When you think of good food you may think of countries with the greatest culinary reputations such as Italy or France. While these countries are known worldwide for their artisan dishes, having spent six months in Japan recently, I have come to realize that Japan has some of the most sensory enriching foods in the world—so much more than just sushi and raw fish.
In Japanese, the word ご飯 (gohan) refers to a meal. With time it has come to mean rice, which shows how essential rice is to the Japanese people. A bowl of rice may sound boring to some, but towards the end of my stay, a small bowl of fresh warm rice had come to be the favourite part of my meal. Rice represents an endless combination of things to put on it. Fish drizzled in an array of salty and sweet sauces, or fresh and colourful seasonal vegetables with each their own burst of crisp flavour. Rice is a home cooked meal but can also be found in 5-star restaurants and at every corner side street vendor. If anything, rice is a palate cleanser to me when every dish is jam-packed with sensations, the comforting flavour of a bowl of steaming rice is perfect between bites of incredible food that alight your taste buds.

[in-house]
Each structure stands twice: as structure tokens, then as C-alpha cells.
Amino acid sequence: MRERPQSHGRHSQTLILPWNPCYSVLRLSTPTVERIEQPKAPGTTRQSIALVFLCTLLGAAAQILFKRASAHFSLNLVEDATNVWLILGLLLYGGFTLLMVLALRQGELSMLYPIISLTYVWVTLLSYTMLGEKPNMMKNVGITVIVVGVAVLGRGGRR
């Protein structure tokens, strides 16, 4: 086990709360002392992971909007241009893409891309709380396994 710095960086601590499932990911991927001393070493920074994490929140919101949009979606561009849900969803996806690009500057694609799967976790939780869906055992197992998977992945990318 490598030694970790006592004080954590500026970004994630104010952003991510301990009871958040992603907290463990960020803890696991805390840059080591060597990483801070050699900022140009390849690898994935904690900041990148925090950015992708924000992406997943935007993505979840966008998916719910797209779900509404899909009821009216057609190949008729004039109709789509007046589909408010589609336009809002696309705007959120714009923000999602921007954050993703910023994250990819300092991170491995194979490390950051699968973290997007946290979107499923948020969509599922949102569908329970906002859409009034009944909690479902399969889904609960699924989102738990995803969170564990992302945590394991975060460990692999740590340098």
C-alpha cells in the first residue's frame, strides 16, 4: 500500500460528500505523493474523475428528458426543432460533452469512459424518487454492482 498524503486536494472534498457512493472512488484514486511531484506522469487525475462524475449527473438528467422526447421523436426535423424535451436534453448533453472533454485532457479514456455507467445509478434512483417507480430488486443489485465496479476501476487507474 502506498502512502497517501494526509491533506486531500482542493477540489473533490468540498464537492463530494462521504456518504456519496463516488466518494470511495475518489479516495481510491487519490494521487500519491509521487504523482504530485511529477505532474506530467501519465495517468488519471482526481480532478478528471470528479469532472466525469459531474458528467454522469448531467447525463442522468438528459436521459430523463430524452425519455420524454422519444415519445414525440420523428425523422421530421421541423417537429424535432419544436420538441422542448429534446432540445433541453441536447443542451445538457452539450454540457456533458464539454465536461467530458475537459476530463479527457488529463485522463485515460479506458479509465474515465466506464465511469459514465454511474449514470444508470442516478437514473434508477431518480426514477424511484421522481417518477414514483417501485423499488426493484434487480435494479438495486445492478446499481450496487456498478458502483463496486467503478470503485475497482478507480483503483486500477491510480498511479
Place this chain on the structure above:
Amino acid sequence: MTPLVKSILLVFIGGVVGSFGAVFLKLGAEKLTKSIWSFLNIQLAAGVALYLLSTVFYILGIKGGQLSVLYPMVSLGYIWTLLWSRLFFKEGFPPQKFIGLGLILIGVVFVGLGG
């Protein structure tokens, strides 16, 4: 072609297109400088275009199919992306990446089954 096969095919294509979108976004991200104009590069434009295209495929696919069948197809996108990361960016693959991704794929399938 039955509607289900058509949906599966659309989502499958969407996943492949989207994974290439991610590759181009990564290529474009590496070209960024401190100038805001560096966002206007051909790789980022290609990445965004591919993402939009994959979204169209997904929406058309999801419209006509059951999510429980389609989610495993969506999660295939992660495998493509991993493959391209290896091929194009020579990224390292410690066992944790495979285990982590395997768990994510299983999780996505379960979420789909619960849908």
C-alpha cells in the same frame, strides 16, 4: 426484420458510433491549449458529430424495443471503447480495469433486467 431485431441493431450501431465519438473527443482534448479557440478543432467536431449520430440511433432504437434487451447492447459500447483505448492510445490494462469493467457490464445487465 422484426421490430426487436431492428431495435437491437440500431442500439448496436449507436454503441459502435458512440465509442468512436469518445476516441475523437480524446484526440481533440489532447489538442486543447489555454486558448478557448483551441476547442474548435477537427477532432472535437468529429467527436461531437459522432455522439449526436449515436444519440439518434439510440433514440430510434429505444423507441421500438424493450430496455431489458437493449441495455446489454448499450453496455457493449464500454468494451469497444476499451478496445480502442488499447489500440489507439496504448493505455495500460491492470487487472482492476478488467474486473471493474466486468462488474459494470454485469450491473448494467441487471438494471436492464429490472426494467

Japan is more than just rice of course. Quintessential to the Japanese culture is also noodles. One of the cheapest dishes that can be found, but always one of the tastiest. To me, Japanese noodle dishes out-rival any Italian pasta dishes that you could dream of. There is traditional ramen with its decadent broth and thinly cut slices of fatty pork, hard boiled egg, and of course, filled to the brim with soft ramen noodles. Another one of my favourite meals is dipping noodles. This is usually served as a plate of heaping cold noodles, but a bowl of boiling hot, flavourful broth. The act of dipping instantly warms up the noodles and creates a melt in your mouth sensation. Even instant noodles are delicious in Japan, with over five billion servings of instant ramen eaten yearly, Japan dominates the noodle market.
Of course, Japan is filled with hundreds of thousands of varying dishes that have nothing to do with carbs, but one would be hard pressed to find a shop or little restaurant that didn’t sell at least one of these things. My experience abroad in Japan was one of the greatest culinary adventures I think I’ll ever have, and I will always remember the creative, and mind-boggling dishes I ate there. Japan is known for its wacky creations, and love of anime. Though this is true, there are many sides to this diverse country. To me, Japan is rich broths filled with heaping portions of noodles, carefully made by the elderly shop owner who lives down the street. Japan is elegantly arranged slices of fish that were caught fresh that day and prepared by a chef who learned from his father before him. Japan is tiny restaurants hiding in the corner of an ally, with a menu that has been passed down and unchanged for generations. Japan is a culinary adventure you will never forget.